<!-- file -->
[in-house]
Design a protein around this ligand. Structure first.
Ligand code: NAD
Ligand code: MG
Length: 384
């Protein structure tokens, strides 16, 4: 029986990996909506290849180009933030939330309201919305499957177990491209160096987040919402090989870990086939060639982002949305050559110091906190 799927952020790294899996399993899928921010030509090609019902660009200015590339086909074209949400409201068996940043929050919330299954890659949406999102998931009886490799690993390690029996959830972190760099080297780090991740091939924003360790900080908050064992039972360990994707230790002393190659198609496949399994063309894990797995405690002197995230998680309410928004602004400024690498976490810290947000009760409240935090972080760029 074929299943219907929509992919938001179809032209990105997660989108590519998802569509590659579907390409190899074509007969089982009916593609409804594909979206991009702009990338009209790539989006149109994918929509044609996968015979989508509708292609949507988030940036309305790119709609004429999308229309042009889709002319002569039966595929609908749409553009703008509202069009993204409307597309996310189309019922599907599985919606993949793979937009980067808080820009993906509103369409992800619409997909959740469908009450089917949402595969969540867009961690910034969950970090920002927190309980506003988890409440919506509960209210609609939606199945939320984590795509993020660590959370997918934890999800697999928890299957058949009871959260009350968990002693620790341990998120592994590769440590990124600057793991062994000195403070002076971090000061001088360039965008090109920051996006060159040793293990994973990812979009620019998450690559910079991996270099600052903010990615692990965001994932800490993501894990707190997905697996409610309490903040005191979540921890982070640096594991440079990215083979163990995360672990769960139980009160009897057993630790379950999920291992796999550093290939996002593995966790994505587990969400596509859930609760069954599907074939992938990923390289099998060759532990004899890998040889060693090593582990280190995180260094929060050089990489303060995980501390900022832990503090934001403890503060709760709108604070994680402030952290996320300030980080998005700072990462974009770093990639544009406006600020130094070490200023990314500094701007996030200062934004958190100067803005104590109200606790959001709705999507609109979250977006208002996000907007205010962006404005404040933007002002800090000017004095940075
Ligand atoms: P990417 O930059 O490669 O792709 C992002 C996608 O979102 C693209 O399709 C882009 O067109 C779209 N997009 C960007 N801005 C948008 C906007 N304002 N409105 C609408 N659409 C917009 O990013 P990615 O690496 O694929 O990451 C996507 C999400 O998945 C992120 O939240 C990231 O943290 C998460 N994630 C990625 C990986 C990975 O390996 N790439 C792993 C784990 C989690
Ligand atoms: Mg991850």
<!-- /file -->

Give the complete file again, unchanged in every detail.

[in-house]
Design a protein around this ligand. Structure first.
Ligand code: NAD
Ligand code: MG
Length: 384
């Protein structure tokens, strides 16, 4: 029986990996909506290849180009933030939330309201919305499957177990491209160096987040919402090989870990086939060639982002949305050559110091906190 799927952020790294899996399993899928921010030509090609019902660009200015590339086909074209949400409201068996940043929050919330299954890659949406999102998931009886490799690993390690029996959830972190760099080297780090991740091939924003360790900080908050064992039972360990994707230790002393190659198609496949399994063309894990797995405690002197995230998680309410928004602004400024690498976490810290947000009760409240935090972080760029 074929299943219907929509992919938001179809032209990105997660989108590519998802569509590659579907390409190899074509007969089982009916593609409804594909979206991009702009990338009209790539989006149109994918929509044609996968015979989508509708292609949507988030940036309305790119709609004429999308229309042009889709002319002569039966595929609908749409553009703008509202069009993204409307597309996310189309019922599907599985919606993949793979937009980067808080820009993906509103369409992800619409997909959740469908009450089917949402595969969540867009961690910034969950970090920002927190309980506003988890409440919506509960209210609609939606199945939320984590795509993020660590959370997918934890999800697999928890299957058949009871959260009350968990002693620790341990998120592994590769440590990124600057793991062994000195403070002076971090000061001088360039965008090109920051996006060159040793293990994973990812979009620019998450690559910079991996270099600052903010990615692990965001994932800490993501894990707190997905697996409610309490903040005191979540921890982070640096594991440079990215083979163990995360672990769960139980009160009897057993630790379950999920291992796999550093290939996002593995966790994505587990969400596509859930609760069954599907074939992938990923390289099998060759532990004899890998040889060693090593582990280190995180260094929060050089990489303060995980501390900022832990503090934001403890503060709760709108604070994680402030952290996320300030980080998005700072990462974009770093990639544009406006600020130094070490200023990314500094701007996030200062934004958190100067803005104590109200606790959001709705999507609109979250977006208002996000907007205010962006404005404040933007002002800090000017004095940075
Ligand atoms: P990417 O930059 O490669 O792709 C992002 C996608 O979102 C693209 O399709 C882009 O067109 C779209 N997009 C960007 N801005 C948008 C906007 N304002 N409105 C609408 N659409 C917009 O990013 P990615 O690496 O694929 O990451 C996507 C999400 O998945 C992120 O939240 C990231 O943290 C998460 N994630 C990625 C990986 C990975 O390996 N790439 C792993 C784990 C989690
Ligand atoms: Mg991850």